This week, Julio Bruno, CEO at Time Out Group talks about the brand reaching a milestone 50th birthday, the growth of their different revenue streams, and how they stay true to the Time Out brand across 315 cities. He also explains why the print magazine is still a vital part of the business, and how their unique approach to Time Out Markets is their biggest opportunity next year.
Chris Sutcliffe looks at how and why publishers are working so hard to diversify their revenue streams, for Digital Content Next.
Many quality publishers are navigating the “valley of death” on their migration from an advertising-funded model to one more reliant on direct reader revenue. It’s not a journey that they’ll all survive. But publishers are being driven by the realization that solely ad-funded models won’t work in the age of platform intermediaries and tech giants, which control both content distribution and advertising revenue. However, for publications with a loyal, engaged audience, the journey is worth the risk.
In this very special live episode of Media Voices the team discuss the future of free media in front of an audience at Magfest ’18, the UK’s premiere magazine-focused event. On stage in the far-flung city of Edinburgh, the team are joined by Mike Soutar, chairman of ShortList Media Limited, and Radio Times Editor Mark Frith to discuss the fate of free magazines.
Far from being a failed experiment, Esther Kezia Thorpe argues that we need to think bigger when it comes to micropayments, for What’s New in Publishing.
With the rise of subscriptions and paywalls comes the realisation that there’s a large chunk of a publisher’s audience that they may never be able to effectively monetise. Only an estimated 5% of a publisher’s digital readership will convert to pay for a full subscription, according to Digiday.
But what’s the alternative? Micropayments are one of the alternative revenue streams touted by hopeful tech start-ups and half-heartedly trialled by some organisations. But you’d be hard pushed to think of a publisher in the Western hemisphere who has properly explored micropayments, for better or for worse.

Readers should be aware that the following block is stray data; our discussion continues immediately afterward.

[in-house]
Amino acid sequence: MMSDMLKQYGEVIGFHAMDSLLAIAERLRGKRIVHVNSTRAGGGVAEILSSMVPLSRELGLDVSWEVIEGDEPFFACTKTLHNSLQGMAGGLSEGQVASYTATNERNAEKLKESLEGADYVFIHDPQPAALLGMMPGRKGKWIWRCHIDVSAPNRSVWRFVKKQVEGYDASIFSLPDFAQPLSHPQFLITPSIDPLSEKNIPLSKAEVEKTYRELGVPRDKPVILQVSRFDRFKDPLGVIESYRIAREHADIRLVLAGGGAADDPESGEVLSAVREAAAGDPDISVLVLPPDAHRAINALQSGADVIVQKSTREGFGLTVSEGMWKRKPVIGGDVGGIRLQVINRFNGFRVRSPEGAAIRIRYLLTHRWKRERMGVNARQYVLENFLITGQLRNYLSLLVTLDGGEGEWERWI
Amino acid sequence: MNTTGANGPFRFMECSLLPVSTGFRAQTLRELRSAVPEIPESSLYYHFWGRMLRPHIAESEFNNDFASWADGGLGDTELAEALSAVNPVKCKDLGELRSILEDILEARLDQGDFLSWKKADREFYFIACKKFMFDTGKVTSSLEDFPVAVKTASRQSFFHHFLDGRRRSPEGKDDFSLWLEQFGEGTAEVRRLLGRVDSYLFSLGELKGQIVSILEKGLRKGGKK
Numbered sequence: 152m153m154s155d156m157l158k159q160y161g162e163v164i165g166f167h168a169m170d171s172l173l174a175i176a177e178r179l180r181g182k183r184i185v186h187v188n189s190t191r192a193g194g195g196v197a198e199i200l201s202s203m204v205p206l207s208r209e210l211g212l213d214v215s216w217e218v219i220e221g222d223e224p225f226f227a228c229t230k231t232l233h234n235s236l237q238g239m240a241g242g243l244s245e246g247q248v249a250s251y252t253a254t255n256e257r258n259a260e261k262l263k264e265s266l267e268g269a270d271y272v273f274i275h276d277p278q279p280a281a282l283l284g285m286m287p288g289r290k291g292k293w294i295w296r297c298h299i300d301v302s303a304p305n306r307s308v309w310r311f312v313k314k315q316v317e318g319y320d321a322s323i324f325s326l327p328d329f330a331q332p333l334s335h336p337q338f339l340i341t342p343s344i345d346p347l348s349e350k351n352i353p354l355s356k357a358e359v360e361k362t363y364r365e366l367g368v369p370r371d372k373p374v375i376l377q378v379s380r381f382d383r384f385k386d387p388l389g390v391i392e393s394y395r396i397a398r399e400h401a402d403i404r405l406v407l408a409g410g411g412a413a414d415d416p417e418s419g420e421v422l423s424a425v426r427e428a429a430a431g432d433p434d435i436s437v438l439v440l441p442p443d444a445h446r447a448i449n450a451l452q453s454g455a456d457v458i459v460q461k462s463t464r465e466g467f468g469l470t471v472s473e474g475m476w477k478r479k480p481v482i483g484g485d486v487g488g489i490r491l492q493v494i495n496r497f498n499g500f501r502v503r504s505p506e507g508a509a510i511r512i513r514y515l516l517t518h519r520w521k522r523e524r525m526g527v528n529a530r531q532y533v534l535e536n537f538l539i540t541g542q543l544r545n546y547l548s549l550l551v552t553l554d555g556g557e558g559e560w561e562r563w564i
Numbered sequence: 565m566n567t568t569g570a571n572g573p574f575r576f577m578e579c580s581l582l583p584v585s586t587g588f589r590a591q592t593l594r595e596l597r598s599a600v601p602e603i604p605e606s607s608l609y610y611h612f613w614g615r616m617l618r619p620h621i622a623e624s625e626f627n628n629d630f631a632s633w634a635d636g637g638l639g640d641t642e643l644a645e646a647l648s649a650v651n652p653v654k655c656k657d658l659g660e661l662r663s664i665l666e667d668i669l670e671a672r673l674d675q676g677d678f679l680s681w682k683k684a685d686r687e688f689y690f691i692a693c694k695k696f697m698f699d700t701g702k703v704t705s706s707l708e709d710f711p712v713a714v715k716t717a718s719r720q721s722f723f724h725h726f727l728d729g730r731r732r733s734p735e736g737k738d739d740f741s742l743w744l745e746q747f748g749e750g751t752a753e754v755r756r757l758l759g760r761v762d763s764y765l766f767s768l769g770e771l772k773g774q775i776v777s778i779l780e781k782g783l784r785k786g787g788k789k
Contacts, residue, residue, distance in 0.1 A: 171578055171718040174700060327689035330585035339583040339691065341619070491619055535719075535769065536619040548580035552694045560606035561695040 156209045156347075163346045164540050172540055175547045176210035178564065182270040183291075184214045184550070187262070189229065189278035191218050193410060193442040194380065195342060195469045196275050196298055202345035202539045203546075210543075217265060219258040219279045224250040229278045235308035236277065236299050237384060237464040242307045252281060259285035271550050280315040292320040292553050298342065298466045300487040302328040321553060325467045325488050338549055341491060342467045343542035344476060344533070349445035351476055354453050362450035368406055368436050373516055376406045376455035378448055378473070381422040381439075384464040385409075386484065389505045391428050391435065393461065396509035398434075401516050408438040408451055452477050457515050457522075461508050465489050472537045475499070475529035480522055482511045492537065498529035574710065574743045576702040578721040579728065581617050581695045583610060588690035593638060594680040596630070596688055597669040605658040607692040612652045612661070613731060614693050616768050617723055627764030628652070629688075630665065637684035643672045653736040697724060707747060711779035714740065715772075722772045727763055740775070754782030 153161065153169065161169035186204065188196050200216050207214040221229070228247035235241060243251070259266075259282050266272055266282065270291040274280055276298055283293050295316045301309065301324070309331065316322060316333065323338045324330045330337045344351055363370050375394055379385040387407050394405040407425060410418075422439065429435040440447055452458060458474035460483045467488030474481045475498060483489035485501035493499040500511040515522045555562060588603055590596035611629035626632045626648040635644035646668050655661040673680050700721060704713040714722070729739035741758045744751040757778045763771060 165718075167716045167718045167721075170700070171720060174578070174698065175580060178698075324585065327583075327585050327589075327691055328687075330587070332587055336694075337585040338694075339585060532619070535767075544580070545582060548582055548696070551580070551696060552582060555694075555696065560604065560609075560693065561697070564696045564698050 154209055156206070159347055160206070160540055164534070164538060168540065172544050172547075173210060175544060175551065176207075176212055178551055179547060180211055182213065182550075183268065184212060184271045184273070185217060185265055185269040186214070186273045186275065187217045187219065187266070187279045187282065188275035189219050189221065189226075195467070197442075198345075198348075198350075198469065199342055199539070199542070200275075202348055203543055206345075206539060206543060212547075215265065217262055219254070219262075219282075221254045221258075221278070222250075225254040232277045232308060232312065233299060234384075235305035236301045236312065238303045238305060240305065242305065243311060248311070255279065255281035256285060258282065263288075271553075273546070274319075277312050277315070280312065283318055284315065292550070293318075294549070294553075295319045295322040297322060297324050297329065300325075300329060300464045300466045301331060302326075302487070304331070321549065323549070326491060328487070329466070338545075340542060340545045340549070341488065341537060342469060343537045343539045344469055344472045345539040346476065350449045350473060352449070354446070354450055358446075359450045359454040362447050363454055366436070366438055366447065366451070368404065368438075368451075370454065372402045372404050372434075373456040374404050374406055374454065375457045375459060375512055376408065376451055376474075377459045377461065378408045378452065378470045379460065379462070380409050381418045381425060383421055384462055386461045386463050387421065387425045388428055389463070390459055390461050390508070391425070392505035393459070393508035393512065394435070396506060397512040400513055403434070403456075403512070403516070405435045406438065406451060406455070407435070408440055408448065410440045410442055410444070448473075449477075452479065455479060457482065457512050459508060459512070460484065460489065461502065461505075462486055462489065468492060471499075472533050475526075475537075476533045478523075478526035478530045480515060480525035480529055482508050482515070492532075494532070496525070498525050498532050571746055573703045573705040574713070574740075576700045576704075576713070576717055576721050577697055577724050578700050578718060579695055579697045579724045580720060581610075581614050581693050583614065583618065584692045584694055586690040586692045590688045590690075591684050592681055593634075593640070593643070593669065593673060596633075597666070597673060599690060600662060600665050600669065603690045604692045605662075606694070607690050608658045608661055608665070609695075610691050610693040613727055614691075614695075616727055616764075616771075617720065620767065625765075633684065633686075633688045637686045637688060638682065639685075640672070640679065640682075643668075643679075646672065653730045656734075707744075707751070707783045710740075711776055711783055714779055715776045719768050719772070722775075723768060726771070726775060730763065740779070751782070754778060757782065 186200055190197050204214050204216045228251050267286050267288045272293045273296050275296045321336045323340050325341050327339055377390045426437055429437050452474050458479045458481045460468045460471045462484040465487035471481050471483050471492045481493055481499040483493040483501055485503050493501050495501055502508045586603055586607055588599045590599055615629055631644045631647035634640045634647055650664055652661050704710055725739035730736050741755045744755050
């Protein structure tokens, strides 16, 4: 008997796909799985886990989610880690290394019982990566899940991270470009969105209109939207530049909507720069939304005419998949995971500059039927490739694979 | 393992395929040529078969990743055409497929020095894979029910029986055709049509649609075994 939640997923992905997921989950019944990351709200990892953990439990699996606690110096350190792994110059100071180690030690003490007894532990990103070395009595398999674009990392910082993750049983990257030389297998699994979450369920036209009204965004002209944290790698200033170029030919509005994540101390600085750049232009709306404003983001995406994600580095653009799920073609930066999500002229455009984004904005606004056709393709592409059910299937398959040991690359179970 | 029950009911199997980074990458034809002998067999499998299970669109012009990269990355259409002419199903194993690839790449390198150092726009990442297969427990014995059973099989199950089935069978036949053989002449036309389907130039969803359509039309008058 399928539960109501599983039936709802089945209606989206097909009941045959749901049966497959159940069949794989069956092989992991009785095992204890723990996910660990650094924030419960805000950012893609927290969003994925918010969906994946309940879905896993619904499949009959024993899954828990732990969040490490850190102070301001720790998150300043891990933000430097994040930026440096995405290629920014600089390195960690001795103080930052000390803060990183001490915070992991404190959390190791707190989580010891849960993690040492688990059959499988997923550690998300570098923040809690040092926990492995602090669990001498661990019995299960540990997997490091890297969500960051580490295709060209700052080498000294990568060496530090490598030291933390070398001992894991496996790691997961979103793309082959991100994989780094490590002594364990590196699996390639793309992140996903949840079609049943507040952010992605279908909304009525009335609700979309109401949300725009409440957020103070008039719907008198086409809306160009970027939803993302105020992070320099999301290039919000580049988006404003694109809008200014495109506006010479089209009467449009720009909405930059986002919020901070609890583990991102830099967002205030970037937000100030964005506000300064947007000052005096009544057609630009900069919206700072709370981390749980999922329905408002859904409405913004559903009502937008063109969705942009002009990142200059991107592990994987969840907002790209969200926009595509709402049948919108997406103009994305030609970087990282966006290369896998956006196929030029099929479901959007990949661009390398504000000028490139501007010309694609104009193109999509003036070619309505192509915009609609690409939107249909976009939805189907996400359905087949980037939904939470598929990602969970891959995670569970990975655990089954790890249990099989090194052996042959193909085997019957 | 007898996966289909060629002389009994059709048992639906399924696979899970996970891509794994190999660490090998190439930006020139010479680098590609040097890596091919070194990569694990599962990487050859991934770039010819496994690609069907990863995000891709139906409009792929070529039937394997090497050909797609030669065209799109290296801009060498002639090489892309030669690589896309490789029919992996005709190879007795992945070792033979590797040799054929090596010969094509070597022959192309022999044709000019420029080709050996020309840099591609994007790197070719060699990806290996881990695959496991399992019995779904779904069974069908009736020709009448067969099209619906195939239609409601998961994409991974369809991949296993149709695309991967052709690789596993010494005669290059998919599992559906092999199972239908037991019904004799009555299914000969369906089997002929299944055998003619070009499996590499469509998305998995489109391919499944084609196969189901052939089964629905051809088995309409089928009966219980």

The pivot to paid-content is undoubtedly a positive move for publishers, but what exactly should we be asking our audiences to buy? Peter Houston reports.
If you’re reading InPublishing, it’s probably safe to assume that you care about the future of the publishing industry. And assuming that you care, you probably welcome the signs that the industry has a new revenue stream worth embracing: you’re happy that paid-content is firmly on publishing’s radar.
In this bumper episode, the team discusses the rise of the paywall. As everyone from Vanity Fair to the New Statesman have decided to launch paywalls, we try to determine whether there is a recipe for paywall success, taking in everything from the need for brand recognition, the propensity for people to pay, and the likely outcomes of the trend towards reader revenue.
On this 50th episode of Media Voices, we hear from New Scientist’s head of data science Kimberly Karman about the practical application of data science to a business, how to tackle GDPR and how they continue to evolve their decade-old paywall.
According to Betteridge’s law, the answer to all headline questions is, of course, no. But the last few weeks have seen some stories about digital media organisations that have shaken the firm belief that digital can stand alone profitably with a bright future as print lies spluttering.
In a single week it emerged that Buzzfeed and Vice are going to miss their revenue targets, Mashable was sold for $50 million, and the resistance to the Duopoly is growing as Broadcasters, the FT’s Lionel Barber and the Guardian’s Kath Viner have all waded in.
These events all set the tone of this episode of the Media Voices podcast, dedicated entirely to this question of whether we’re witnessing the beginning of the end for digital media.
People have long been saying ‘print is dead’ but it is becoming clear that digital was dead from the start – at least as a sole revenue source – despite all the hope and all the resources that companies have been pouring into it.